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Stories from the Road – Old Orchard Beach Community

Nestled in the state’s southern coastal region, Old Orchard Beach (OOB) is known for its seven-mile beach and busy downtown filled with restaurants, shops, ice cream parlors, and an amusement park. Among the beachgoers and tourists, the town of OOB is like many quaint coastal towns in Maine with a population that thrives in the summer months but experiences quiet off-seasons.

According to Feeding America, the food insecurity rate in York County, where OOB is located, is 8.9 percent [1], which means about 18,800 people living in the area don’t have reliable access to enough affordable, nutritious food. And nearly half, forty-nine percent, of people in York County are below the threshold for the Supplemental Nutrition Assistance Program (SNAP) and other nutrition programs. [1] Based on 2021 Feeding America data.

One of the three Old Orchard Beach-based food pantry partners is the Salvation Army – OOB. This smaller pantry meets the most urgent needs of neighbors in the area and operates by appointment only. Neighbors are offered a variety of services including meals, clothing, fuel and energy assistance, personal hygiene kits, medical needs, and connections with other beneficial services that are offered through other organizations.

On our visit, we met with our pantry contact, Alyssa. Each day, she helps provide neighbors with shelf-stable food and fresh produce, offering each neighbor who makes an appointment to visit the panty their choice of food. Alyssa sees many Mainers, primarily families, single moms, and the unhoused. “It’s great that the Food Bank also offers culturally relevant food. Our New Mainer neighbors are always excited to see halal options.” Along with the pantry, the Salvation Army – OOB serves between 4,000 and 4,500 meals each year through their free community lunch program that provides a nutritional meal and a social experience every Tuesday and Friday.

Lyman has been the chef at the pantry for two years and is responsible for every community lunch. He prides himself on always crafting up something different. “Not one meal has been the same. I try to keep it creative.” On the day we visited, he was making a family recipe that his mom used to make him as a kid. “Today’s meal is teenage burgers that my mom used to make. It’s a lot like sloppy joes but with different seasonings.” Lyman shared that cooking for neighbors is one of his passions, “This is something I love to do, and I grew up in the kitchen. We are blessed to partner with Good Shepherd Food Bank and wouldn’t have these community meals without our partnership. I enjoy seeing the reactions to the food and the sense of community when people gather around sharing a meal.”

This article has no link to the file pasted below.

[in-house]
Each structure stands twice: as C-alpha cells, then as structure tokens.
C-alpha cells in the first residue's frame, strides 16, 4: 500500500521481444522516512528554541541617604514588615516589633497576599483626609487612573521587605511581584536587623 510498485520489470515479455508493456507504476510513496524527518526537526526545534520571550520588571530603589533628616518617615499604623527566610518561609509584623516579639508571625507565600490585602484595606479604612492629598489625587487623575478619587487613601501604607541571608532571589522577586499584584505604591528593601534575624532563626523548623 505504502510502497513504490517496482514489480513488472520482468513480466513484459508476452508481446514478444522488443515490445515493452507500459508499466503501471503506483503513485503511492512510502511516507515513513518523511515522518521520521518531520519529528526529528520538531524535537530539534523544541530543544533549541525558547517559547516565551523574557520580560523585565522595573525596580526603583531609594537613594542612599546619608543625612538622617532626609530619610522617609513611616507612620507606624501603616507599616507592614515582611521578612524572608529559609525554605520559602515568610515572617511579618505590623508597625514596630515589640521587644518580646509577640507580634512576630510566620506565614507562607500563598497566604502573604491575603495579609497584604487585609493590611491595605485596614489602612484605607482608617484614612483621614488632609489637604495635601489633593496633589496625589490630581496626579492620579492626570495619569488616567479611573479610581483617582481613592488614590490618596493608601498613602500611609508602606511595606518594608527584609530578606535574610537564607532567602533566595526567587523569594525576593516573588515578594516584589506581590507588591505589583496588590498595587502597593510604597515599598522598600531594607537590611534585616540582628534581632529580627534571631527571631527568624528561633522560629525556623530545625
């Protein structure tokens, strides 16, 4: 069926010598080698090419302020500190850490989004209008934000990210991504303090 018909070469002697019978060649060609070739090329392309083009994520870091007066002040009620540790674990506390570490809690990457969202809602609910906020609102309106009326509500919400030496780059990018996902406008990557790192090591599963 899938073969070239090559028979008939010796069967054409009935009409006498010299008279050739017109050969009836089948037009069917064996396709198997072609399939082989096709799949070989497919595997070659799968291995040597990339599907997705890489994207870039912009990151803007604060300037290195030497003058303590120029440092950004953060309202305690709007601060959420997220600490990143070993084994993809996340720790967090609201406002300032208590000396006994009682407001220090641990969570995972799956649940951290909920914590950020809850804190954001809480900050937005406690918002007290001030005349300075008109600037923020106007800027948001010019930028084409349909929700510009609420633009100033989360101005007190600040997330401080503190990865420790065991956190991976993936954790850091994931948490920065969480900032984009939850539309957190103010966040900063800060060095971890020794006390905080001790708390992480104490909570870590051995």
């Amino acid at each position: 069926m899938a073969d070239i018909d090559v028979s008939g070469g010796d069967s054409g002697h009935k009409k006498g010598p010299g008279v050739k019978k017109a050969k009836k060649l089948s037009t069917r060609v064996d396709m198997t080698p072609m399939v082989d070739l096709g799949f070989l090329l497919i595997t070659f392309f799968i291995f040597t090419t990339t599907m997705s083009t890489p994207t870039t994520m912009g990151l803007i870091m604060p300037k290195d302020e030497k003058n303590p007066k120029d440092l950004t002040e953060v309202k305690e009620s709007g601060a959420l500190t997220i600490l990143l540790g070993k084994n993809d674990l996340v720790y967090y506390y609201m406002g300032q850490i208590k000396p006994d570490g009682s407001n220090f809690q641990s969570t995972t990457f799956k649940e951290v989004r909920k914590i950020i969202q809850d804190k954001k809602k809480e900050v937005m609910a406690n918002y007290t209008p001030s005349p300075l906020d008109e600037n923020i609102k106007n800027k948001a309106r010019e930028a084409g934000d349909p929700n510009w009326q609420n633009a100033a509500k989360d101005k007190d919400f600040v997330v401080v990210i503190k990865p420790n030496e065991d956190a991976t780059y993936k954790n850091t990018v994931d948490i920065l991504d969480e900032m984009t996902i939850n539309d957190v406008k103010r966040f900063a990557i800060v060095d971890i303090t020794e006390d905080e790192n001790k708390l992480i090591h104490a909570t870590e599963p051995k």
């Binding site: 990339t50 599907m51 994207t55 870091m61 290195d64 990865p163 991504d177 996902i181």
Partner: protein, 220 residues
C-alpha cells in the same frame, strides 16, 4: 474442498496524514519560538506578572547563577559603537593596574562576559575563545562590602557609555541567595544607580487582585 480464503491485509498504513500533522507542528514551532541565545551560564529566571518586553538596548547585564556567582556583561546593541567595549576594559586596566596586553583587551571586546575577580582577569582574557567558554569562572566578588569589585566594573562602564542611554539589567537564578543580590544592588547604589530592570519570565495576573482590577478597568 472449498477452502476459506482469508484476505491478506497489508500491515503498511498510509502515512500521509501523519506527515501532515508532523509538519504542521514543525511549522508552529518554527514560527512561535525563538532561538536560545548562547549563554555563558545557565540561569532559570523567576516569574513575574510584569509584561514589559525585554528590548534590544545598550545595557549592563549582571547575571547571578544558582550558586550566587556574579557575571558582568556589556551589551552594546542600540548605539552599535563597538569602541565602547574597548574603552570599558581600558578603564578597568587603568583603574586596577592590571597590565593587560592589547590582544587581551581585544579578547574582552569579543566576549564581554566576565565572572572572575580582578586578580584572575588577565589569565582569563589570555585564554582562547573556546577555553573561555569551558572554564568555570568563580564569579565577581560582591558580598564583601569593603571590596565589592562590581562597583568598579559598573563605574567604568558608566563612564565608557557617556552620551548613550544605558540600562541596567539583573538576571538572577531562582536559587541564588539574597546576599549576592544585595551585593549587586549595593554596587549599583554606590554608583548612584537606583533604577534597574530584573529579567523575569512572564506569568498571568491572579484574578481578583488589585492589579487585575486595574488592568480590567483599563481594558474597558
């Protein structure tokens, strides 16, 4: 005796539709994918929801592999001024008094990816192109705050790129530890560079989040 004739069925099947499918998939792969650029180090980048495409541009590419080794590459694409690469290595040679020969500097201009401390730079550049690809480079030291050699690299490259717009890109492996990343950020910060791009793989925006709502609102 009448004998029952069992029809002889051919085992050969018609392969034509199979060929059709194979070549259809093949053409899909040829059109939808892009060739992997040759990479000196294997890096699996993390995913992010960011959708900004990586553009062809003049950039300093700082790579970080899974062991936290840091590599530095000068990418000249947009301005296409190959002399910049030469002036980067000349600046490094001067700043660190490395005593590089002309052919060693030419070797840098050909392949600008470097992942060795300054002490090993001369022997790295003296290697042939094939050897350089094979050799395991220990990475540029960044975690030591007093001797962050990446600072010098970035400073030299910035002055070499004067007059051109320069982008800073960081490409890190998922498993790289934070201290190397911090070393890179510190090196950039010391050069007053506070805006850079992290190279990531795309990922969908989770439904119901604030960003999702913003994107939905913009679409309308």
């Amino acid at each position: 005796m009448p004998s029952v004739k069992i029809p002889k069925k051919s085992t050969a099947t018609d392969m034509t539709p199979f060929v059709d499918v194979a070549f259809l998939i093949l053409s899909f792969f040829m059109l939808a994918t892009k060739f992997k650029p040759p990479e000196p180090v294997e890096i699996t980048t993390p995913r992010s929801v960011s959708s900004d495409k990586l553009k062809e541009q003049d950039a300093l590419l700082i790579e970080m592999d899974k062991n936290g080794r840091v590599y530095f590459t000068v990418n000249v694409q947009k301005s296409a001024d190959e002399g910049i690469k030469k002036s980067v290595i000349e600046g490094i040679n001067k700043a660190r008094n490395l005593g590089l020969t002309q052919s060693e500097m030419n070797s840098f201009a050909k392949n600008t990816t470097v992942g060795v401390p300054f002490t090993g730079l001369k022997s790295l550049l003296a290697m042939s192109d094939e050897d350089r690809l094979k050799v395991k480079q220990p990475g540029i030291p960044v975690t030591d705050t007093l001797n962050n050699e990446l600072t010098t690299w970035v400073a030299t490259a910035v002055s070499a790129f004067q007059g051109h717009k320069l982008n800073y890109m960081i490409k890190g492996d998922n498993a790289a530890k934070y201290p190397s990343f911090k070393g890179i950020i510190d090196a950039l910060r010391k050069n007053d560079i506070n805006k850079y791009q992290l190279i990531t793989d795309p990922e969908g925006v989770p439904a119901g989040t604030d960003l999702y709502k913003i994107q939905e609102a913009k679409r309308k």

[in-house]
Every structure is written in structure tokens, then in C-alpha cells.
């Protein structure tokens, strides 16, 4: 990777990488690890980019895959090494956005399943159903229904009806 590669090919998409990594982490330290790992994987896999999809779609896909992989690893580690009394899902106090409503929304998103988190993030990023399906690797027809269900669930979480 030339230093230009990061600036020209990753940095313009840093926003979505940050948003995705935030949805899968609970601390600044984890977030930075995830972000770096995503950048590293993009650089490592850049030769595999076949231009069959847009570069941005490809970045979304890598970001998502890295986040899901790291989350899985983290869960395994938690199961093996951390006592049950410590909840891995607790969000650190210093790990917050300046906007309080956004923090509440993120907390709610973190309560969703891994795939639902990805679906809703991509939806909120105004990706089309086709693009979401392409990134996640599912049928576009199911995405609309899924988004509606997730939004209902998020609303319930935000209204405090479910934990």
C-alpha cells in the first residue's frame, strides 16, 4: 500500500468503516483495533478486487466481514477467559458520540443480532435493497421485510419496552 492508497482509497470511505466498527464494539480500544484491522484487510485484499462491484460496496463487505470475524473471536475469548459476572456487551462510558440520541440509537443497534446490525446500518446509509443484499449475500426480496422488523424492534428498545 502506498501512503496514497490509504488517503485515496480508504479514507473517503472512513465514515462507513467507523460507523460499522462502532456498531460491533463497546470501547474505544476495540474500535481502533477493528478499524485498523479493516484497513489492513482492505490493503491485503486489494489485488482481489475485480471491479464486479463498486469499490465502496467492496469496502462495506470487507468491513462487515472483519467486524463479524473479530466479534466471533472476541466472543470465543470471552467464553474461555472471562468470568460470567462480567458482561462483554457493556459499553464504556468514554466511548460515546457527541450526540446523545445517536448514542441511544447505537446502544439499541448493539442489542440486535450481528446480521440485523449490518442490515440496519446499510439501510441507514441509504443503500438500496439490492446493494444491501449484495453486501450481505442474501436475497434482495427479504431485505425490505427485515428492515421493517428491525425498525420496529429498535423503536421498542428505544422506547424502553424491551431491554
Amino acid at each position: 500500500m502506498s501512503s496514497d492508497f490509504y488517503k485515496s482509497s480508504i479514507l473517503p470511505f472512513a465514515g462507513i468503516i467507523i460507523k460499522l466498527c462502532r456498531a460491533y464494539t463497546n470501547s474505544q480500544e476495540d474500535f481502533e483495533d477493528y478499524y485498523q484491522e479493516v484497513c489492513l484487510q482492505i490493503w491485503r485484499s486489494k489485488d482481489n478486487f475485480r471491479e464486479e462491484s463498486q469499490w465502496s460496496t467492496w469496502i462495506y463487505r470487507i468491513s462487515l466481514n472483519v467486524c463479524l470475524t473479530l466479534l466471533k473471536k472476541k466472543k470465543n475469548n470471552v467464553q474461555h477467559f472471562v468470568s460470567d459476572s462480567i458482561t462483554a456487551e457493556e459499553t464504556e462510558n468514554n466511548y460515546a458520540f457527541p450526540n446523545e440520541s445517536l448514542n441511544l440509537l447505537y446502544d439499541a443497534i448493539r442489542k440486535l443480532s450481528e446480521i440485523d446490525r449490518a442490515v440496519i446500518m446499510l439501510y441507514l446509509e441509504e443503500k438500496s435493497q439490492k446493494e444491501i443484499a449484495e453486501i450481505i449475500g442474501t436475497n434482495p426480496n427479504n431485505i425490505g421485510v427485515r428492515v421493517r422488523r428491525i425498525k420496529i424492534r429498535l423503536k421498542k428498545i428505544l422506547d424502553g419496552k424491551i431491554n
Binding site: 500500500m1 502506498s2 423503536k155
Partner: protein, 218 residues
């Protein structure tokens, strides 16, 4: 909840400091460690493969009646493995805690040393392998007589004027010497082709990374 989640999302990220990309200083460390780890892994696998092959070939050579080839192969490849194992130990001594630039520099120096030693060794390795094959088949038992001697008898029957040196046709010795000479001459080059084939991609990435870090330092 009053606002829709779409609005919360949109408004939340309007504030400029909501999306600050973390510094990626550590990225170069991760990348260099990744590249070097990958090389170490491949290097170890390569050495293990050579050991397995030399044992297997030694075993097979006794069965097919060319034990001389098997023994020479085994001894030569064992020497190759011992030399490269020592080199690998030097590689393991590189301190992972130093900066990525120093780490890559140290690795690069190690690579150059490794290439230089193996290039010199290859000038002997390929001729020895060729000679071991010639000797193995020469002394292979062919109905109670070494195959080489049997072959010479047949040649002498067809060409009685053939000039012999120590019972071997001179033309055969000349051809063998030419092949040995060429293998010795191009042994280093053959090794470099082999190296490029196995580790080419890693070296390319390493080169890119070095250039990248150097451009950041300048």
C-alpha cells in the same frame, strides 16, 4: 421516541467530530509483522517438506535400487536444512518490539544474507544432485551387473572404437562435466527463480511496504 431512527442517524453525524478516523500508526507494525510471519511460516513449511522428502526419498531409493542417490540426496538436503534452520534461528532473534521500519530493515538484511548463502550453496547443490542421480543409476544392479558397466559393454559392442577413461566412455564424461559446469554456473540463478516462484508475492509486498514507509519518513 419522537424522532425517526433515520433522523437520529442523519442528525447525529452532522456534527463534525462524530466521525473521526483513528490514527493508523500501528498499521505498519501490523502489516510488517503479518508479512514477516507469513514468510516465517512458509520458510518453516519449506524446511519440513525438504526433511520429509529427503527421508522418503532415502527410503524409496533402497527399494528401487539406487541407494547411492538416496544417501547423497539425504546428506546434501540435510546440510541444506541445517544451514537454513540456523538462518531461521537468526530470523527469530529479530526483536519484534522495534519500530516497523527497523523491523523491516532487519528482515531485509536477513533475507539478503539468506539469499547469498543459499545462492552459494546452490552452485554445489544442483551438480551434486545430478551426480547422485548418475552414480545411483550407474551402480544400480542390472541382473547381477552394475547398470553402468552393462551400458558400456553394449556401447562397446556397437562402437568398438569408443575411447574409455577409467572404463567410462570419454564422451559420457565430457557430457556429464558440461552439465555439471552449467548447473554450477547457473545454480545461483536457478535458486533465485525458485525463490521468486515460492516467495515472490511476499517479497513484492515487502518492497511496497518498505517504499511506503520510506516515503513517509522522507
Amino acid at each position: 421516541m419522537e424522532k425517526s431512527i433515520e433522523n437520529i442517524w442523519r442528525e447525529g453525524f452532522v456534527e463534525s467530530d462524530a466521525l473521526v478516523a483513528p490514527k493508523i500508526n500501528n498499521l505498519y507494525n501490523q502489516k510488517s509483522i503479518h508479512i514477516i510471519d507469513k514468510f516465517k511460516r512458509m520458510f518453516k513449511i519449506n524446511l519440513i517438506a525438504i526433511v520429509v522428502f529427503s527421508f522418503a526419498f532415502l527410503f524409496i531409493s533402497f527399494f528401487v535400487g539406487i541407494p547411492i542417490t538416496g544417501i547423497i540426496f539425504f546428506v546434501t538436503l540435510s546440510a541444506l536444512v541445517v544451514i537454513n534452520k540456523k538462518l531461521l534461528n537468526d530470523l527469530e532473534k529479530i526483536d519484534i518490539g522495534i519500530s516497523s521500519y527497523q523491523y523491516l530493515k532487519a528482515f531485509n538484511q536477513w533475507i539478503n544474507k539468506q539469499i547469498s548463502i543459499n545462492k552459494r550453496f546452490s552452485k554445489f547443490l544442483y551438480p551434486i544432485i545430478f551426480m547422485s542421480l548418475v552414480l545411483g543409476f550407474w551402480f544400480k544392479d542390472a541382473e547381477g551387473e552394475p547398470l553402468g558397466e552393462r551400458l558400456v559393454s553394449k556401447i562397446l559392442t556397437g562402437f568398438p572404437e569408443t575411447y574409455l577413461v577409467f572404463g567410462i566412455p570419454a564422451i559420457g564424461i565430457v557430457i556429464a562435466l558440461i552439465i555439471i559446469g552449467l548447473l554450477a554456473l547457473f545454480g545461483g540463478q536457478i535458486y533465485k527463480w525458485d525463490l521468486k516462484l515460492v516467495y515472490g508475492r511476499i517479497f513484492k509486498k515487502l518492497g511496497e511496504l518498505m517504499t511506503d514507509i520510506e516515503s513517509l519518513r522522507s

When the meal of teenage burgers, fruit salad, and dessert was served, we met with a few neighbors visiting for a meal that day. Nancy, an expecting mother with her small pup Cash, shared, “I come here because I like seeing my friends.” She has visited the pantry for ten years and continues to look forward to the gatherings each week. We also met Sarah, who will soon be moving into permanent housing in Westbrook. “I have been coming here for years, and they are like family here. I have a lot of social anxiety, and they arranged for me to have my meals to go. After years of to-go meals, they helped me work up the courage to share a meal with others. Now, because of them, I come in and sit with others. I am excited about my new housing but sad that I will no longer be close to OOB. It’s a scary thought, but I am welcoming the change. I cannot express enough how much they’ve done for me; they do much for the community. It’s amazing to see what they accomplish here.”

The Salvation Army – OOB is by appointment only, supplying free fresh produce, canned goods, and healthy frozen items. Their pantry provides valuable meal supplementation while helping neighbors maintain independence and dignity.

Good Shepherd Food Bank works in partnership with over 600 hunger-relief organizations, located from Kittery to Fort Kent, to help distribute food to Mainers facing hunger. Our network of partner agencies includes food pantries, meal sites, senior centers, school programs, and healthcare facilities.

With our partner agencies spread throughout the entire state, there will likely be help nearby if you need food. If you’re looking for help or interested in donating food or volunteering at your local food pantry, please visit our Food Map to find a pantry near you.